Chairman Nadler Floor Statement in Support of H.R. 1423, the Forced Arbitration Injustice Repeal Act
Washington, September 20, 2019
Tags: Civil Rights
Washington, D.C. — Today, House Judiciary Committee Chairman Jerrold Nadler (D-NY) delivered the following floor statement in support of H.R. 1423, the Forced Arbitration Injustice Repeal Act (FAIR Act):
“I rise in strong support of H.R. 1423, the ‘Forced Arbitration Injustice Repeal Act,’ or the ‘FAIR Act.’
“This critical legislation would restore access to justice for millions of Americans who are currently locked out of the court system and are forced to settle their disputes against companies in a private system of arbitration that is often skewed in the company’s favor over the individual.
“Nearly a century ago, Congress enacted the Federal Arbitration Act to allow merchants to resolve run-of-the-mill contract disputes in a system of private arbitration that would be legally enforceable. The system that Congress envisioned was to be used voluntarily and only between merchants of equal bargaining power.
“However, the Supreme Court over the past 40 years has issued a series of decisions that have expanded the use of arbitration far beyond Congress’s original intent or a fair reading of the text of the Arbitration Act—creating the unjust system we see today.
“Private arbitration has been transformed from a voluntary forum for companies to resolve commercial disputes into a legal nightmare for millions of consumers, employees, and others who are forced into arbitration and are unable to enforce certain fundamental rights in court.
“Many companies use forced arbitration as a tool to protect themselves from consumers and workers who seek to hold them accountable for wrongdoing. By burying a forced arbitration clause deep in the fine print of take-it-or-leave-it consumer and employment contracts, companies can evade the court system, where plaintiffs have far greater legal protections, and hide behind a one-sided process that is tilted in their favor.
“For example, arbitration generally limits discovery, does not adhere to the Federal Rules of Civil Procedure, can prohibit class actions, which it almost always does, and deny the right of appeal. Worse yet, arbitration allows the proceedings—and often even the results—to stay secret, thereby permitting companies to avoid public scrutiny of potential misconduct.
“For millions of consumers and employees, the pre-condition—whether they know it or not—of obtaining a basic service or product, such as a bank account, a cell phone, a credit card, or even a job, is that they must agree to resolve any disputes in private arbitration.
“We used to refer to these as contracts of adhesion, where one party with all the power dictates the terms to the other party in a take-it-or-leave it contract. The next time you apply for a credit card, try crossing out the term in the fine print requiring you to agree to arbitration and see if you still get that credit card. You will be denied without a moment’s hesitation.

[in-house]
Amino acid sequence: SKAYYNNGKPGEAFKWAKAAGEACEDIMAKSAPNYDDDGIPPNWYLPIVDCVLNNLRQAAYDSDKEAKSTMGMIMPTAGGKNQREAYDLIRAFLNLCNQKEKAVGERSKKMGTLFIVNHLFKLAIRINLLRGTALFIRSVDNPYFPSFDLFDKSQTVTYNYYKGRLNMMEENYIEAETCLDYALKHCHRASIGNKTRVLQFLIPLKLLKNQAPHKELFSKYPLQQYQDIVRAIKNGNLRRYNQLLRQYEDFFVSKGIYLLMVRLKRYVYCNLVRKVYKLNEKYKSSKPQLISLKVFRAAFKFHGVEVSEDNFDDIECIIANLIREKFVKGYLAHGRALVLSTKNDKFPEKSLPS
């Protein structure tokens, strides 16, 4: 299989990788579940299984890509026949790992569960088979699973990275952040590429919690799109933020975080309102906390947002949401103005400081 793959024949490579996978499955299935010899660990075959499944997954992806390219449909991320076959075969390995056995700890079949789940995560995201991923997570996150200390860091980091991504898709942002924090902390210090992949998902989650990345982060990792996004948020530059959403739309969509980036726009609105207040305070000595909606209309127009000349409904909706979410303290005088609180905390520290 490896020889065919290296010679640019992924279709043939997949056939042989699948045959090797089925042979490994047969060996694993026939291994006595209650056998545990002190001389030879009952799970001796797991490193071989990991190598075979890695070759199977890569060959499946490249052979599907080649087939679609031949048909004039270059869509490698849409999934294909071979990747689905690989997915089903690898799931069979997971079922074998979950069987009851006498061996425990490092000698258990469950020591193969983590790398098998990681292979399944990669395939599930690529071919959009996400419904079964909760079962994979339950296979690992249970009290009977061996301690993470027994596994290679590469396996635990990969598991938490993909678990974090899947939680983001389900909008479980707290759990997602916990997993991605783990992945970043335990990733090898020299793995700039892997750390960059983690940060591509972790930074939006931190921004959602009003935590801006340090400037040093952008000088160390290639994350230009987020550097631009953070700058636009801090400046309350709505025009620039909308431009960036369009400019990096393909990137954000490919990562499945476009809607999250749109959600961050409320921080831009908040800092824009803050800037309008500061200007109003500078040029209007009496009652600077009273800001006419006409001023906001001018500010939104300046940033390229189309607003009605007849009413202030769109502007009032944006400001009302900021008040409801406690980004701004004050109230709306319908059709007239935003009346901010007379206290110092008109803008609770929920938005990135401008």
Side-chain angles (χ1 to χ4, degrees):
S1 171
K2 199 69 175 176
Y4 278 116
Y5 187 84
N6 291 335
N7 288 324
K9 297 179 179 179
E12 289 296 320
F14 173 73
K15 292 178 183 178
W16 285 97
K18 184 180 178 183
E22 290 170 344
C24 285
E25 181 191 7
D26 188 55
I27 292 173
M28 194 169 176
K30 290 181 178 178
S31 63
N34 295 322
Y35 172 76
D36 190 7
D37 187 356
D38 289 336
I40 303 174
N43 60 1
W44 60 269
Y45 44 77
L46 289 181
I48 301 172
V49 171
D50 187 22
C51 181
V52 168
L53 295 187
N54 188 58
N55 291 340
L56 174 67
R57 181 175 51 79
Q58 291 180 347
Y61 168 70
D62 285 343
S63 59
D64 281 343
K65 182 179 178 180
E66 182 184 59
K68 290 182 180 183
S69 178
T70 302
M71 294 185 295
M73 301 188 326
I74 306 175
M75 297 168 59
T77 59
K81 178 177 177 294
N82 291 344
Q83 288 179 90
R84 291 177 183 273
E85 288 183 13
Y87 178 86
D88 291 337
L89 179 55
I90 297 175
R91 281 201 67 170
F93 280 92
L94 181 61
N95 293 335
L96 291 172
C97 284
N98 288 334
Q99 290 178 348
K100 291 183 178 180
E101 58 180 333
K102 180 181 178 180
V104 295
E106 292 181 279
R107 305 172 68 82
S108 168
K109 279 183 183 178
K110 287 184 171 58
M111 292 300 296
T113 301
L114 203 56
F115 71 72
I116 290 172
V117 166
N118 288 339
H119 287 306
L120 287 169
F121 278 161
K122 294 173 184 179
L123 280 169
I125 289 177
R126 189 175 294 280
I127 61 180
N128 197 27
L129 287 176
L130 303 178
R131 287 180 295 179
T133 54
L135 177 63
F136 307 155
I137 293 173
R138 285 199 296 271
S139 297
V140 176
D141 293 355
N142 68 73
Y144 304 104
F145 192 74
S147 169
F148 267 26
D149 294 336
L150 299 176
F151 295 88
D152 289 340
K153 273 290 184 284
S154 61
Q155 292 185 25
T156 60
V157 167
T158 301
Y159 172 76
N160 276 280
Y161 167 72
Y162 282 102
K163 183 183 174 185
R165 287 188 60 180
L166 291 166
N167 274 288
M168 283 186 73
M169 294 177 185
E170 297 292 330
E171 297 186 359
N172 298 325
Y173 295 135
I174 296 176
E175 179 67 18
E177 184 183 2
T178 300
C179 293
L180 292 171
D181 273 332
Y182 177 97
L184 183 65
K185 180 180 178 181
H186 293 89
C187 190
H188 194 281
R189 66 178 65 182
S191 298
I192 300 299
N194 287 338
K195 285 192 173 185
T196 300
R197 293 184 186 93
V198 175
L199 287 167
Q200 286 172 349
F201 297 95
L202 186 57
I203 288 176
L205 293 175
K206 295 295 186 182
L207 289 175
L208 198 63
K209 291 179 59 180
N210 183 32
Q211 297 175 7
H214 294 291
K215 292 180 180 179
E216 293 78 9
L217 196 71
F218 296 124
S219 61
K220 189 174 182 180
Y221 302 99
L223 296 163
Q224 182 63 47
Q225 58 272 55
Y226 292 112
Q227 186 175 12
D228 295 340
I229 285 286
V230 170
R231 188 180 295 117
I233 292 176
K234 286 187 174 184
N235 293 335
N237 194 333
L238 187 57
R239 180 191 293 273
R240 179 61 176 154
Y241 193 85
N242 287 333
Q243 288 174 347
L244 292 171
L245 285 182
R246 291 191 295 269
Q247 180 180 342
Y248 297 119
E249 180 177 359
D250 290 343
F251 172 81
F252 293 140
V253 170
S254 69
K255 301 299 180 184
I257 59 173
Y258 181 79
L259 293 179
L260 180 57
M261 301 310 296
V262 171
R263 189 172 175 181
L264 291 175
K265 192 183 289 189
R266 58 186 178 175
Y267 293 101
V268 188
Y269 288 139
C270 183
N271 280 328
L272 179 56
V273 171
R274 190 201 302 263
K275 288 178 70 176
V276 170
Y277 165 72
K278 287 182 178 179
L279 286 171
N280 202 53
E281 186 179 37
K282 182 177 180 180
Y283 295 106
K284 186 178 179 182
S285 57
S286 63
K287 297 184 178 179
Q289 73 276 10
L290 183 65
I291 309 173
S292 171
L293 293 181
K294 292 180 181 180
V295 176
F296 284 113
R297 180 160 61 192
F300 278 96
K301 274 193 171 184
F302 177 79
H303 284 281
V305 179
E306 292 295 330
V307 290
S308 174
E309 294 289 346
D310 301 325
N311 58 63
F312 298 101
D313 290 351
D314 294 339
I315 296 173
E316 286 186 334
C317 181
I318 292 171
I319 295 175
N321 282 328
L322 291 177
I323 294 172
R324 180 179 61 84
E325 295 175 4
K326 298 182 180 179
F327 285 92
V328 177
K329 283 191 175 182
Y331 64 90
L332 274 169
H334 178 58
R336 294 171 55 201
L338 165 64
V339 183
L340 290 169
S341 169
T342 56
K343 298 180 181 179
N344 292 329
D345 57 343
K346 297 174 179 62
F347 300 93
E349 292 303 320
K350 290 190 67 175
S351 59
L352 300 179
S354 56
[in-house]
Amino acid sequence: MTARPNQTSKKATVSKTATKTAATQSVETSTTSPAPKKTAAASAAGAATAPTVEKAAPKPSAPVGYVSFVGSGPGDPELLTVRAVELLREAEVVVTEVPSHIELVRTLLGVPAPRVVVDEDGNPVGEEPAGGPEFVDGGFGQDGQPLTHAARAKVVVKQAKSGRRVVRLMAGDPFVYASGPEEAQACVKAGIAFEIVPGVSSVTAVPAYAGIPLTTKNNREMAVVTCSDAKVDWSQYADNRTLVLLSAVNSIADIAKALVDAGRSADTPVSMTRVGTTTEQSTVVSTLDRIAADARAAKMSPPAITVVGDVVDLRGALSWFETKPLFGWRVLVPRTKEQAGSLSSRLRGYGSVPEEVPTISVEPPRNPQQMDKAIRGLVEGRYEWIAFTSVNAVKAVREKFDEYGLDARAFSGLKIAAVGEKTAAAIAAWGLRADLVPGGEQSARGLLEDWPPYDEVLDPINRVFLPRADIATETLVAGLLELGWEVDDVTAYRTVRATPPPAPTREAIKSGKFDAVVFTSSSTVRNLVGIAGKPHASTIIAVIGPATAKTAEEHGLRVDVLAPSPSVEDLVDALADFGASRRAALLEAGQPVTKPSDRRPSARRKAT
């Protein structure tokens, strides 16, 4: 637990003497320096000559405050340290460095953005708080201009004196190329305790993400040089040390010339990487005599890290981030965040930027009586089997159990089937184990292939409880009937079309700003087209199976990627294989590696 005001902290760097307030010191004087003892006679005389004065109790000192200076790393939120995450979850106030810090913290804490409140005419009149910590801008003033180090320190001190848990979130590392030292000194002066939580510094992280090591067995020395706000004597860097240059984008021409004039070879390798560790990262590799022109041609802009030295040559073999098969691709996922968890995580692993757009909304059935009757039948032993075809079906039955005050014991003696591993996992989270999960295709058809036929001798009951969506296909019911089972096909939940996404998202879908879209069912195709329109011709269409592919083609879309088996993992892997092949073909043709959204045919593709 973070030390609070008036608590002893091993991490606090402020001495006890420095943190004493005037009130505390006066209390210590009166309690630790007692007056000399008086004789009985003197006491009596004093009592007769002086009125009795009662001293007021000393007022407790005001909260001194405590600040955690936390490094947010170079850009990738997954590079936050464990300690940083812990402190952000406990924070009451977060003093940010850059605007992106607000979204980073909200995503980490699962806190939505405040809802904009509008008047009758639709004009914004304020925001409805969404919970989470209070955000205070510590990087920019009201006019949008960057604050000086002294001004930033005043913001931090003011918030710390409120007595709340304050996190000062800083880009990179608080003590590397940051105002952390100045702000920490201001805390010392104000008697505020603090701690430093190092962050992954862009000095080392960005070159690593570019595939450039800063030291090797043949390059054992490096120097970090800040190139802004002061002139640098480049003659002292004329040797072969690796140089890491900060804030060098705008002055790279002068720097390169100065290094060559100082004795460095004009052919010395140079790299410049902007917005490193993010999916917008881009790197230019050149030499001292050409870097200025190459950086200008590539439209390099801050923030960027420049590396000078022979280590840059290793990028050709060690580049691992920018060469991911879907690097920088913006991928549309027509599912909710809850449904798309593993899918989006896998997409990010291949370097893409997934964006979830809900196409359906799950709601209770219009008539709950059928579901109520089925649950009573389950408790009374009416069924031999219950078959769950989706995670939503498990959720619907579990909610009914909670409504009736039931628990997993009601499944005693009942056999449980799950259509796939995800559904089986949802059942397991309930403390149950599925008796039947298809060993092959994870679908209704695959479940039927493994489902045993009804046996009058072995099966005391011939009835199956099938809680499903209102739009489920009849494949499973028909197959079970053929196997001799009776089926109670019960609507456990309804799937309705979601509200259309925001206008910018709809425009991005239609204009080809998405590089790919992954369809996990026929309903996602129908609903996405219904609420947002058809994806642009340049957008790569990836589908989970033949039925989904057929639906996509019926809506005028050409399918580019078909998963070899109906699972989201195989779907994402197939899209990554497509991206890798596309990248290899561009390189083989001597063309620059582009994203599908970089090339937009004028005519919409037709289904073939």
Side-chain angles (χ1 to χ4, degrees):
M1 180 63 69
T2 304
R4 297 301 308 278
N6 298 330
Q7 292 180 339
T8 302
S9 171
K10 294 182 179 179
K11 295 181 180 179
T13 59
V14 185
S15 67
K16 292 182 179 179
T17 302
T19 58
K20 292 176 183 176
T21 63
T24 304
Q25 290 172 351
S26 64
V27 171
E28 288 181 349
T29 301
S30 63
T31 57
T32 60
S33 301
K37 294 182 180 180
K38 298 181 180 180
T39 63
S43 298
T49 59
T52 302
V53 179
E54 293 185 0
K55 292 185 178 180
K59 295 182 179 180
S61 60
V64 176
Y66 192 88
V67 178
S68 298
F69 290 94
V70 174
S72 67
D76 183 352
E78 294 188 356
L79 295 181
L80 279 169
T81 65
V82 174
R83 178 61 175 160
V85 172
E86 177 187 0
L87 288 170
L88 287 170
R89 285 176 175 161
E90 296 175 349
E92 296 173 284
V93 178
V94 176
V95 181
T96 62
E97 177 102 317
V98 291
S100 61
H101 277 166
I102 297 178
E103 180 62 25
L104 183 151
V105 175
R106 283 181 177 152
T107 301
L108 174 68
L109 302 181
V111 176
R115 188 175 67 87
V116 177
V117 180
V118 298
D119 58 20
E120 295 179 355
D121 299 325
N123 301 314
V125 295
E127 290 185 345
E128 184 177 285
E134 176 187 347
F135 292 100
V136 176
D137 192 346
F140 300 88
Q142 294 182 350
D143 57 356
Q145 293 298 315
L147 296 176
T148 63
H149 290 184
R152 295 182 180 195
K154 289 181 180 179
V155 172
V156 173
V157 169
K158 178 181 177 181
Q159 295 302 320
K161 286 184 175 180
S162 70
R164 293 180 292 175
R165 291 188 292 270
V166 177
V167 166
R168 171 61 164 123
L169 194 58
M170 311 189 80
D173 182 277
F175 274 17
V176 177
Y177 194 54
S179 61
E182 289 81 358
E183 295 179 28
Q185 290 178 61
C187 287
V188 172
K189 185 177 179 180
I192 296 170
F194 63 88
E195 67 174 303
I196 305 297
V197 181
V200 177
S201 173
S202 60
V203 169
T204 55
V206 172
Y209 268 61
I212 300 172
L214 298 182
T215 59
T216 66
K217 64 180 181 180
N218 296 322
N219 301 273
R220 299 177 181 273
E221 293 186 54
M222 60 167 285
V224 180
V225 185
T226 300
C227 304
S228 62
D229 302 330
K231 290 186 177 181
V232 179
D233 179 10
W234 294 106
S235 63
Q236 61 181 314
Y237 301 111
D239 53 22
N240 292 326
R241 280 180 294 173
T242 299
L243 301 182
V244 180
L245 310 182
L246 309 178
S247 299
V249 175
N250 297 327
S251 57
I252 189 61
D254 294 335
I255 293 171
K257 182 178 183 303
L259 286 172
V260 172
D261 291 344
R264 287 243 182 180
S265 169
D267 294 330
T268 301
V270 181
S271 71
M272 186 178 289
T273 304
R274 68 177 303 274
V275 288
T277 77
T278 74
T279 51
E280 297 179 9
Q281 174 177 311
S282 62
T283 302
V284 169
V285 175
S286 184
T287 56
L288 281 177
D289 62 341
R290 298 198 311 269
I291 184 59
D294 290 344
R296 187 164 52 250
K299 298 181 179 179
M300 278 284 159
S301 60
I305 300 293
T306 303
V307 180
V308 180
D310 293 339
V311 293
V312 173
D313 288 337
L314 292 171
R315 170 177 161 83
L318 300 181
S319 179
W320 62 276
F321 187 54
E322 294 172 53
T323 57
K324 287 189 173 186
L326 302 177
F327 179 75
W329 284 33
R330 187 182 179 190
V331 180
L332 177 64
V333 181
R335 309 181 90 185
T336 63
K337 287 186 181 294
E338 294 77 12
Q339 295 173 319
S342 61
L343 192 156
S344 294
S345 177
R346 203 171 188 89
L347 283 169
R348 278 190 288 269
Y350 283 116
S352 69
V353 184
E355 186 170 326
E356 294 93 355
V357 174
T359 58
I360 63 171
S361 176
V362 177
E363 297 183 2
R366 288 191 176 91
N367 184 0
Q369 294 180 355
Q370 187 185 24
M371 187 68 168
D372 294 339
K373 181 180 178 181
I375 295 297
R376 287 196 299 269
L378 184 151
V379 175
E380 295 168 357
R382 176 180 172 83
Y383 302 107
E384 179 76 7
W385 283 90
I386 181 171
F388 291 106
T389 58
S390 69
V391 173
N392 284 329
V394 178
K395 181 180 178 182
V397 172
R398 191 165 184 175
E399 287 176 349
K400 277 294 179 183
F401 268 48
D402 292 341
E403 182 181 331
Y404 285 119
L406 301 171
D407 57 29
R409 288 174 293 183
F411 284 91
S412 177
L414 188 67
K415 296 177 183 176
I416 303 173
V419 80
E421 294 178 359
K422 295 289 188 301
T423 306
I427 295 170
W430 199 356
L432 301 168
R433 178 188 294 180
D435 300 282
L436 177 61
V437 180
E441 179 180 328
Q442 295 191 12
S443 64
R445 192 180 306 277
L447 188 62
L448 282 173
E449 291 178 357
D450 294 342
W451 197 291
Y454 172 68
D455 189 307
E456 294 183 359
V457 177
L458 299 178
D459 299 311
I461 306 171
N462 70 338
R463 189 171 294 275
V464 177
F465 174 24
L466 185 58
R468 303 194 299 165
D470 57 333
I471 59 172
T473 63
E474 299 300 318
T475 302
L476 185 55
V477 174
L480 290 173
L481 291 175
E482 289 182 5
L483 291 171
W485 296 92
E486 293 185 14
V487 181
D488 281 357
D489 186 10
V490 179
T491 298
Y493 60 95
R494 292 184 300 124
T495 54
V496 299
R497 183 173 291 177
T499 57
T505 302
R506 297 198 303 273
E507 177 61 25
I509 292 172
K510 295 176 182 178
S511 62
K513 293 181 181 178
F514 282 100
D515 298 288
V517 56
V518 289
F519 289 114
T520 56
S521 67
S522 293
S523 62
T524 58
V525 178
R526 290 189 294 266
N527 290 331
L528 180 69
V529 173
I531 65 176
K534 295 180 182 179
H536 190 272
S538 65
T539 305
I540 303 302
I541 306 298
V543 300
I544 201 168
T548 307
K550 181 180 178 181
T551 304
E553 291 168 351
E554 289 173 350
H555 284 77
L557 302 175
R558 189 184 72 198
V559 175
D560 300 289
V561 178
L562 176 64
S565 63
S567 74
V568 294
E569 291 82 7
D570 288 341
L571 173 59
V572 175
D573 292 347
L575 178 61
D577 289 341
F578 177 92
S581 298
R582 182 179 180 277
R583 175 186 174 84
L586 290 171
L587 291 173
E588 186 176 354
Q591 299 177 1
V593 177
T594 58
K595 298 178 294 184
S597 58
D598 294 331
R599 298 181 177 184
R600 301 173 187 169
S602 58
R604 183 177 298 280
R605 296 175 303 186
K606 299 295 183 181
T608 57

“These are classic contracts of adhesion, which were once clearly disfavored under the law, but which now seem to have been blessed by the Supreme Court as standard operating procedures in the corporate world.
“For individuals who have no choice but to agree to these contracts, that means that their ability to enforce civil rights, consumer, labor, and antitrust laws are subject to the whims of a private arbitrator—often selected by the companies themselves. These private arbitrators are not required to provide plaintiffs any of the fundamental protections guaranteed in the courts, and their further employment can depend on building a good reputation with the companies that hire them. Unsurprisingly, then, arbitration has become a virtual get-out-of-jail-free card many companies use to circumvent the basic rights of consumers and workers.
“H.R. 1423, the FAIR Act, reverses this disastrous trend by prohibiting the enforcement of forced arbitration clauses in consumer, labor, antitrust, and civil rights disputes. Importantly, this legislation does not preclude parties from agreeing to arbitrate a claim after the dispute arises, which will ensure that arbitration agreements are truly voluntary and transparent.
“It does, however, prevent unsuspecting consumers and employees from being forced to give up their right to seek justice in court.
“I urge my colleagues to support this vital legislation, and I reserve the balance of my time.”
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